You’ve decorated the tree, put up the lights and placed a lit candle in every window. But the next thing you know, you smell smoke.
Candle fires, stolen presents and other calamities can put an unwelcome damper on your seasonal cheer, but insurance can often help clean up the mess. Here are some common holiday disasters and how your homeowners insurance can come to the rescue.
1. Decorations catch fire
“Chestnuts roasting on an open fire” takes on a whole new meaning when the halls are decked with fire hazards. Dehydrated Christmas trees can go up in flames if placed too close to a heat source, and fires from candles make up half of December home decoration fires, according to the U.S. Fire Administration.
Fire is covered in three main ways. Dwelling coverage pays for repairs to your home, while other structures coverage is for things like a detached garage or fence. Personal property coverage will pay to replace damaged belongings, up to your policy limits.
To avoid festive fires, keep candles away from flammable objects, follow all manufacturer instructions for holiday lights outside and keep a real Christmas tree hydrated.
2. Your identity gets stolen
If you’ve shopped online for holiday gifts this year, your credit card or bank account information may be at risk of getting stolen.
Identity theft coverage can pay for out-of-pocket expenses related to identity theft or fraud. Some homeowners insurance policies automatically include this coverage for free, but you’ll probably have to add it to your policy.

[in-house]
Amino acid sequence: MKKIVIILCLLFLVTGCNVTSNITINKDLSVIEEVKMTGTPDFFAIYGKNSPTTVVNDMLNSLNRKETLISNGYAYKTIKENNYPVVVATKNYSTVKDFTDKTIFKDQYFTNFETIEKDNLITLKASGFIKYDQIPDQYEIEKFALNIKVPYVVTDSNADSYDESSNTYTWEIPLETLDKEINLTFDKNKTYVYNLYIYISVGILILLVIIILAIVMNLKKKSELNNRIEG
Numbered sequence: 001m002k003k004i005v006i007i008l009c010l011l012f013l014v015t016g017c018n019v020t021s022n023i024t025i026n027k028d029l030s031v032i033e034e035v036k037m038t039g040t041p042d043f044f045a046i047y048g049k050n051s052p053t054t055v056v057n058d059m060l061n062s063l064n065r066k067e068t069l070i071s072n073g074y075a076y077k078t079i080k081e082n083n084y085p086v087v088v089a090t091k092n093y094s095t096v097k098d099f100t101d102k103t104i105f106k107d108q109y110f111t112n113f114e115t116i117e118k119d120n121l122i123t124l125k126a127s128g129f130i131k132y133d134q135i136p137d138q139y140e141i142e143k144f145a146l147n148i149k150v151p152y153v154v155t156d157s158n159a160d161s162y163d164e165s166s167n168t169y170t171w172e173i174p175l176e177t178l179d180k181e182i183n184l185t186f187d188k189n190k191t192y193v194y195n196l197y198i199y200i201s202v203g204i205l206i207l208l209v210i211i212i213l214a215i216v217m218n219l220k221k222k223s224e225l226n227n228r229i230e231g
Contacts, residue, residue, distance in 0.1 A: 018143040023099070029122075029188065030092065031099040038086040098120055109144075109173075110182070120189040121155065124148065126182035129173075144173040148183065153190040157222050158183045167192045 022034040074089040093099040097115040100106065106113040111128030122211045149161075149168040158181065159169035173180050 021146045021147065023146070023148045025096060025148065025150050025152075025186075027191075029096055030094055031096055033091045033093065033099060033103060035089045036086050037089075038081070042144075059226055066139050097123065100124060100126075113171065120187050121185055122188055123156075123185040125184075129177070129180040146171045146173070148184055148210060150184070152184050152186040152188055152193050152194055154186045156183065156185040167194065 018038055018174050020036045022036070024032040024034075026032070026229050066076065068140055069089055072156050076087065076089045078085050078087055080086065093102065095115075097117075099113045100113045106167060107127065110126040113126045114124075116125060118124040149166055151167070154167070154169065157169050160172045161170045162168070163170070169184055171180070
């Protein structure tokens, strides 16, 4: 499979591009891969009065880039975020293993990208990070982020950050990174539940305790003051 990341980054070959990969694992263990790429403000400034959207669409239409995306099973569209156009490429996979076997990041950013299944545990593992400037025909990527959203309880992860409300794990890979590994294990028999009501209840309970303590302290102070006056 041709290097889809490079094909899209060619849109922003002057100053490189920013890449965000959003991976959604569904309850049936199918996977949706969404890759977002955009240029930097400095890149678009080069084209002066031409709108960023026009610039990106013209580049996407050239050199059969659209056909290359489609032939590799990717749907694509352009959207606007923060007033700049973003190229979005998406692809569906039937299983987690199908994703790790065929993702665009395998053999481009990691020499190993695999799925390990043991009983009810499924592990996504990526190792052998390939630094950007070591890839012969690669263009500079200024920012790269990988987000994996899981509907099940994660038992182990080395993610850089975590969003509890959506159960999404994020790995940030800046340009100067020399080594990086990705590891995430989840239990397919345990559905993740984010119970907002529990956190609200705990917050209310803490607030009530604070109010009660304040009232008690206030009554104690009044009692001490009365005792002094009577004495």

3. Presents get stolen
If expensive holiday gifts go missing, don’t pout. Your personal property coverage covers items stolen from your home and car, up to your policy limits.
To prevent any grinches from stealing holiday presents, avoid letting packages sit unattended and consider setting up a security camera system around your home. If you leave gifts in the car, tuck them away safely in the trunk, lock the doors and park in a well-lit location.
If gifts are stolen, file a claim with your insurance company only if their value exceeds your deductible.
4. A guest gets injured
Say you undercook the turkey and send relatives to the hospital. Maybe someone breaks a hip on your icy walkway, or the dog bites a guest. You could end up on the hook for their medical costs.
The medical expense coverage in your home insurance policy pays to treat your sick or injured guests, no matter who’s legally responsible, while your personal liability coverage will cover you in case they decide to sue.
Because of the pandemic, you may be skipping holiday gatherings entirely this year. But if you do host guests, make sure you abide by the guidelines for small gatherings from the Centers for Disease Control and Prevention, or CDC, which include wearing face masks and practicing social distancing.
5. A water pipe bursts
If a pipe gets cold enough, water freezes and expands inside, increasing the chance of a burst. Water damage from burst pipes is generally covered by home insurance, but check the fine print in your policy, as you’re covered only if the burst is accidental and not due to poor maintenance.
To avoid damage, watch for warning signs of frozen pipes, such as low water pressure or frost on the outside of the pipe. To offset the chance of a water burst:
- Keep your home’s thermostat set to a minimum of 55 degrees.
- Open kitchen- and bathroom-sink cabinets to allow for circulation of warmer air.
- Let water drip from faucets to relieve water pressure.
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Ben Moore writes for NerdWallet. Email: firstname.lastname@example.org.